Will the Miami Herald Step Up and Save Mainstream Journalism?

As intended, my October 23 article, “Why Did the Miami Herald Abandon Journalism,” caught the attention of the editors of that venerable newspaper.

Now that I have their attention, I would like them to address a question that only they have the clout and resources to answer: did the Florida state attorneys know that their star witness in the 2013 trial of George Zimmerman was an imposter?

If the editors answer this question, they could win a Pulitzer. Even if they fall short, a good faith effort could help restore the faltering faith of many Americans in mainstream American journalism. Here is what we know right now.

  • As Joel Gilbert proves six ways from Sunday in his new film and book, “The Trayvon Hoax: Unmasking the Witness Fraud that Divided America,” star witness Rachel Jeantel was an imposter. She was not Trayvon Martin’s girlfriend. She was not on the phone with him when shot by Zimmerman. She likely never met Martin.
  • At the trial, Jeantel said her nickname was “Diamond Eugene.” Through his dogged research, Gilbert found the real girlfriend, “Diamond Eugene,” full name Brittany Diamond Eugene.
  • Here is the immediate news hook: the one adult who provably knew about the witness switch is now running for Miami-Dade county commissioner with the open support of Hillary Clinton. Her name is Sybrina Fulton, the biological mother of Trayvon Martin. In her defense, Fulton did not know about the switch before it happened.
  • The evidence strongly suggests that the Martin family attorney, now civil rights superstar Benjamin Crump, helped orchestrate the witness switch.
  • Without Jeantel’s perjured testimony in an April 2012 deposition, the state would not have arrested or tried Zimmerman.

I focus on the Miami Herald editors for two reasons. One is that in 2012-2013 they did real journalism when the national media were disgracing themselves with one corruption of the facts after another.

The second is that this is undeniably a Miami story. Trayvon, Fulton, Jeantel and Diamond Eugene are all from the Miami area. If the Miami Herald ignores the story, the national media will happily let it die.

Wrote the Herald's Douglas Hanks on October 16, “Fulton received an unprecedented boost on Sept. 27 when Clinton endorsed Fulton in a Twitter post with a fundraising link for the District 1 candidate.”

The tweet read as follows, “A Mother of the Movement to prevent gun violence, @SybrinaFulton has already helped turn tragedy into action. If you can, contribute to help her win and make the change we need.”

As Hanks noted, Fulton served as a Clinton “surrogate” in  2016 and joined Hillary for two weeks on the campaign trail. Chelsea Clinton and New Jersey Sen. Cory Booker followed Hillary with their own endorsements of Fulton.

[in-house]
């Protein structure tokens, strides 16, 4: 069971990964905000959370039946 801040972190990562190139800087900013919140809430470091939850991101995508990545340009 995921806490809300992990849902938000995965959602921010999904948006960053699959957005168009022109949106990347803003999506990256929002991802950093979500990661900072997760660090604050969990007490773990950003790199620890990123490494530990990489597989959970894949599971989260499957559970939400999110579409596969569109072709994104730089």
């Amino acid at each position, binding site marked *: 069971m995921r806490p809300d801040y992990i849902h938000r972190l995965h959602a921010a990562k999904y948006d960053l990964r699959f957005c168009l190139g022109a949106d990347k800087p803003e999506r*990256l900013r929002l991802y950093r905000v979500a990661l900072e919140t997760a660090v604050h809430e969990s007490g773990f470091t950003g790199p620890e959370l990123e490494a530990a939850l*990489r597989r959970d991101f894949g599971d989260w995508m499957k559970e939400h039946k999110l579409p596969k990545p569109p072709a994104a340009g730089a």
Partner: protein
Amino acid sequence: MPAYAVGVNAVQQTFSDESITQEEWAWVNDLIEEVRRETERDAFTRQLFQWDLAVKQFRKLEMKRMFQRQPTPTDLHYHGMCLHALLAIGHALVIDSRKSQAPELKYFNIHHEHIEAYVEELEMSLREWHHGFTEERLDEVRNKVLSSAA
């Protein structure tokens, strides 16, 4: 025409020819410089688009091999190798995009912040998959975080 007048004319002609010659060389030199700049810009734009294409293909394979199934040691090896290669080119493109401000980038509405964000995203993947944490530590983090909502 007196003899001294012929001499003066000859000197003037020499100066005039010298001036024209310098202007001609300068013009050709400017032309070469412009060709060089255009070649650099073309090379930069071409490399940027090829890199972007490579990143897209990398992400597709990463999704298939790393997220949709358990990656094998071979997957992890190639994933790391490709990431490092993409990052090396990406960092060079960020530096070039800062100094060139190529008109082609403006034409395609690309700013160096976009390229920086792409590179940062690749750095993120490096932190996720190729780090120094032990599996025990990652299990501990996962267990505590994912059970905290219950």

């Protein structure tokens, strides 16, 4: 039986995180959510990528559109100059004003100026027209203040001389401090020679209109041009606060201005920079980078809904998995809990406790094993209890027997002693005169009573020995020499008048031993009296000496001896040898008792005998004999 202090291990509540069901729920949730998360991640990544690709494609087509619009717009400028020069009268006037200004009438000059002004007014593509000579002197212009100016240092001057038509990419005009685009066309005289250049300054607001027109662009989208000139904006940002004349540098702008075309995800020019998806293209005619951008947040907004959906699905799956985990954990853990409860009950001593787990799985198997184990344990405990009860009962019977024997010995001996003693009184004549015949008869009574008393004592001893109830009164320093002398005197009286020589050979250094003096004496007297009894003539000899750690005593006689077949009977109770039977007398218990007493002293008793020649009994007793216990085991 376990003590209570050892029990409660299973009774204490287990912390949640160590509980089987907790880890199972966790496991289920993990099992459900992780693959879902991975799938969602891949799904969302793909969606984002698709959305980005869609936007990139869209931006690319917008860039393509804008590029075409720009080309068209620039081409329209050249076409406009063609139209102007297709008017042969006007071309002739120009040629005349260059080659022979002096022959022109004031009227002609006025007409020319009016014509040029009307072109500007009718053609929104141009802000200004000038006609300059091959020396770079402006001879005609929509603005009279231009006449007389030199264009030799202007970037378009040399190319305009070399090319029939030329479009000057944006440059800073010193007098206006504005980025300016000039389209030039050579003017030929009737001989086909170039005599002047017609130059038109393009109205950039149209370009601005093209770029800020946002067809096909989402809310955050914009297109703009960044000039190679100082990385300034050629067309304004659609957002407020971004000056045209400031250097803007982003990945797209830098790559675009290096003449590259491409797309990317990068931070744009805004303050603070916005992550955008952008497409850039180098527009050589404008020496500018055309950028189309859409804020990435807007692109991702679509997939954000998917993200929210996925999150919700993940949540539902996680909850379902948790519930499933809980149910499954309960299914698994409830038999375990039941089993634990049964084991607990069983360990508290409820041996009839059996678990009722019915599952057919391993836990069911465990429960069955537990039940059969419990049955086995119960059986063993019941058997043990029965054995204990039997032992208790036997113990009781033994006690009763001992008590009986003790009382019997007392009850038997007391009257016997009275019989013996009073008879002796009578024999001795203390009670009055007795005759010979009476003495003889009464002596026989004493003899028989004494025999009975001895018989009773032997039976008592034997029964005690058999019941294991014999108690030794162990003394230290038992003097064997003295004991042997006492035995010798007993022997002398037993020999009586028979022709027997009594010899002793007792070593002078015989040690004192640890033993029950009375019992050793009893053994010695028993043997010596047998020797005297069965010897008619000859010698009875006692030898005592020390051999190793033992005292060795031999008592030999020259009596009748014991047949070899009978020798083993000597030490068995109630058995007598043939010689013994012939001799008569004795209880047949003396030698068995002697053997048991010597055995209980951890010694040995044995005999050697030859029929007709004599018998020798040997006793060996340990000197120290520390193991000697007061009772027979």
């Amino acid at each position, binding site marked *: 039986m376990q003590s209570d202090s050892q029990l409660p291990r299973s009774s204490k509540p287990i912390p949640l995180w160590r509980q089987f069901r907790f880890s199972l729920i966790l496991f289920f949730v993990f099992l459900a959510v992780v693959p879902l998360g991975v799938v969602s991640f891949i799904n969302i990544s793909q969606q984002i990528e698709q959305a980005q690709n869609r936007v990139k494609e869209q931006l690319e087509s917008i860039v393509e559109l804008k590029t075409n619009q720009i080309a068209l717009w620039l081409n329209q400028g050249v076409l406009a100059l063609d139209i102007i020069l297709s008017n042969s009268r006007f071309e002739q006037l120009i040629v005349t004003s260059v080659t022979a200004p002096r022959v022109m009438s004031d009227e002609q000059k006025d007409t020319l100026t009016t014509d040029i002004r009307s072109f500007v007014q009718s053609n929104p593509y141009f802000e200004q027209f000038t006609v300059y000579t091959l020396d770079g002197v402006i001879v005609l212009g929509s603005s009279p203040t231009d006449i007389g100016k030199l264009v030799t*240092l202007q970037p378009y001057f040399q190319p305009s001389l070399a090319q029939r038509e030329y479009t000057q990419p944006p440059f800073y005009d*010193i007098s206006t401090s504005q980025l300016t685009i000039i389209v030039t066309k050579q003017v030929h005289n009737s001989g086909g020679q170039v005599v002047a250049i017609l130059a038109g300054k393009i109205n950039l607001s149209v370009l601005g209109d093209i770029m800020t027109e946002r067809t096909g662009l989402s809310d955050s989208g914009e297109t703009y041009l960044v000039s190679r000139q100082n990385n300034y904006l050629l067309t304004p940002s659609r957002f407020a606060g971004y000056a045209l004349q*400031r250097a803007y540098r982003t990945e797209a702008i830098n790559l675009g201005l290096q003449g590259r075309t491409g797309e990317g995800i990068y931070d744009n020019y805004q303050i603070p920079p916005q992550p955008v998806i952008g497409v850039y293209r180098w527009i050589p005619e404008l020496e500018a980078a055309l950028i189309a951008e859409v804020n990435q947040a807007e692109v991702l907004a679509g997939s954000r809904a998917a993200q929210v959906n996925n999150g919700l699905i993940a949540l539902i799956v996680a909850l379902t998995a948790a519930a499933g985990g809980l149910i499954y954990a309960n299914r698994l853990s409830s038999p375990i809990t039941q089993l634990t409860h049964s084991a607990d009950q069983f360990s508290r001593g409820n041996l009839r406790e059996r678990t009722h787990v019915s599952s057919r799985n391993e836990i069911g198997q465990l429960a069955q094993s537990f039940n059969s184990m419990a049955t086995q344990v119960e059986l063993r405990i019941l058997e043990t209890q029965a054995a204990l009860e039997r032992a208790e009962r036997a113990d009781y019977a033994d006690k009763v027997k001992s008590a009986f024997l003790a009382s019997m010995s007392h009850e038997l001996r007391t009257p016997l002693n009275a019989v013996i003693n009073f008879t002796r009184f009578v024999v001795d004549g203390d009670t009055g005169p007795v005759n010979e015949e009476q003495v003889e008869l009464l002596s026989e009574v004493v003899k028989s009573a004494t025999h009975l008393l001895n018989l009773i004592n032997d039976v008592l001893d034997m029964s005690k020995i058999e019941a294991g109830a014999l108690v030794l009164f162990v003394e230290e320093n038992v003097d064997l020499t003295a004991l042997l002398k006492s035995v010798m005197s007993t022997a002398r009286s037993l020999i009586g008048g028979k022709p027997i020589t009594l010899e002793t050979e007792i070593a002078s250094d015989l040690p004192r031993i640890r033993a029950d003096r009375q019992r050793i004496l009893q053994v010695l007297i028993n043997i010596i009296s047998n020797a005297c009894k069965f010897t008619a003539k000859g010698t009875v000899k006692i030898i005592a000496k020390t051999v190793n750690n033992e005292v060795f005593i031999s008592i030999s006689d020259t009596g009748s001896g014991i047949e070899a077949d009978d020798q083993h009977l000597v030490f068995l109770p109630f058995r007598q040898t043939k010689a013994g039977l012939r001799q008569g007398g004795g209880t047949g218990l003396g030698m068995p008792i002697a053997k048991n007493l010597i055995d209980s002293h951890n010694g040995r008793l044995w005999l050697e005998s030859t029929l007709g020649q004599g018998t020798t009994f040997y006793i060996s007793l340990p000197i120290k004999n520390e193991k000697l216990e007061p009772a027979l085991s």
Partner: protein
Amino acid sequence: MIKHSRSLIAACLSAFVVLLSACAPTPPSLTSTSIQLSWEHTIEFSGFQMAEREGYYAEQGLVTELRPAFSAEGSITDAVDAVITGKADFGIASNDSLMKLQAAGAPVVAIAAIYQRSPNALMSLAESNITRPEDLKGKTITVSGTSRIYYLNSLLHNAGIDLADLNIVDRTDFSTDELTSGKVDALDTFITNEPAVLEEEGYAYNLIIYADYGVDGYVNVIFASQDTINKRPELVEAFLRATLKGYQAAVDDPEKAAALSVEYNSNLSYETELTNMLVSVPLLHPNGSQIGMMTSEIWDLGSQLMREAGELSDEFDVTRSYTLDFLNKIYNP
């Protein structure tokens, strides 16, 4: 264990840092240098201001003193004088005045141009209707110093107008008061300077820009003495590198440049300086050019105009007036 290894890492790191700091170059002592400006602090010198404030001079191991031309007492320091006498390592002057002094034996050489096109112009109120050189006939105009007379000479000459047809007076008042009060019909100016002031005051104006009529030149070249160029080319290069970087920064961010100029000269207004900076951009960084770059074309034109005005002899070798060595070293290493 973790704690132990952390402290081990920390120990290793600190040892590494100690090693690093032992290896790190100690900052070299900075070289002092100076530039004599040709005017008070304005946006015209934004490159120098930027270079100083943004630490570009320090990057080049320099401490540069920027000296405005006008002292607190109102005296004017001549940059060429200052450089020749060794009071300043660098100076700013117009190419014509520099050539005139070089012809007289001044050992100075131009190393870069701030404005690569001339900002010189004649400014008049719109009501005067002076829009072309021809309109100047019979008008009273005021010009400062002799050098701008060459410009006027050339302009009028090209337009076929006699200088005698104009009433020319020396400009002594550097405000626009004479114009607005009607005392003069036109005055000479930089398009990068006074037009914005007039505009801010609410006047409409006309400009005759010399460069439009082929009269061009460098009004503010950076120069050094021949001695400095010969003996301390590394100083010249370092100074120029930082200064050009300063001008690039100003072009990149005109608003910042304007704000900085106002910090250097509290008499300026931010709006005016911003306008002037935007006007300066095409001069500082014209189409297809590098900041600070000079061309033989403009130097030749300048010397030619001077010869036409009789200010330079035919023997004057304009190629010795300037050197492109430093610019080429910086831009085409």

If the Miami Herald ignores the story, the national media will happily let it die. That would be a shame. The corruption of this story has done enough damage already. Led by the media and the false witness to believe Zimmerman was guilty, much of black America exploded in anger when he was acquitted. Black Lives Matter was formed as a direct result.

When the BLM activists and Crump took their show to Ferguson a year later, the resulting lawlessness intimidated police nationwide and discouraged them from pro-active policing. After years of steady decline, the homicide rate spiked nationwide the next two years. The victims were disproportionately young black men like Trayvon.

If they have not yet done so, I would recommend the Herald editors read Ronan Farrow’s new book, “Catch and Kill.” Although the book is ostensibly about Harvey Weinstein’s many predations, the deeper story is about how outside pressure can bend a news organization—in this case, NBC News—to its will. As the Herald editors and I know from experience, the pressure Weinstein can bring to bear on a story is nothing compared to the pressure the race industry can bring to bear.

That brings us to one, final news hook. Two serious books were written on the George Zimmerman case. One was my own book, “If I Had a Son.” The other was “Suspicion Nation” by NBC legal analyst Lisa Bloom.

Weinstein purchased the rights to Bloom’s book, an appalling mishmash of disinformation that, among other things, fully neglects the key eyewitness whose testimony assured Zimmerman would be acquitted. Weinstein’s partner, Jay-Z, went on to produce an incendiary and equally dishonest six-part documentary based on Bloom’s book.

As something of a quid pro quo, Bloom abandoned her practice of defending women who had been sexually assaulted in favor of attacking the women who accused Weinstein of assault. To say the least, she does not come across well in Farrow’s book.

Word to the wise: NBC comes off even worse.

Correction: In my October 23 article, I contended that an unnamed reporter did not watch Gilbert’s film as he claimed. Not being able to prove or disprove my contention through Vimeo analytics, I take him at his word that he watched at least the beginning of the film. He would also like it known that he is not just a reporter but the “investigations editor,” a fact I concealed for the same reason I did not name him, to protect his identity.

Further correction from Thomas Lifson, editor

The contention that the editor in question did not view the film on Vimeo was based on Joel Gilbert’s account of his checking of Vimeo records, but he did not perform a screen grab or produce other forensic evidence to support his contention. The Herald editor disputes this claim and is confident forensic evidence supports his contention. Because forensic evidence is not available, American Thinker withdraws the claim that the video was not viewed by the Herald editor and regrets any distress or misunderstanding that may have resulted.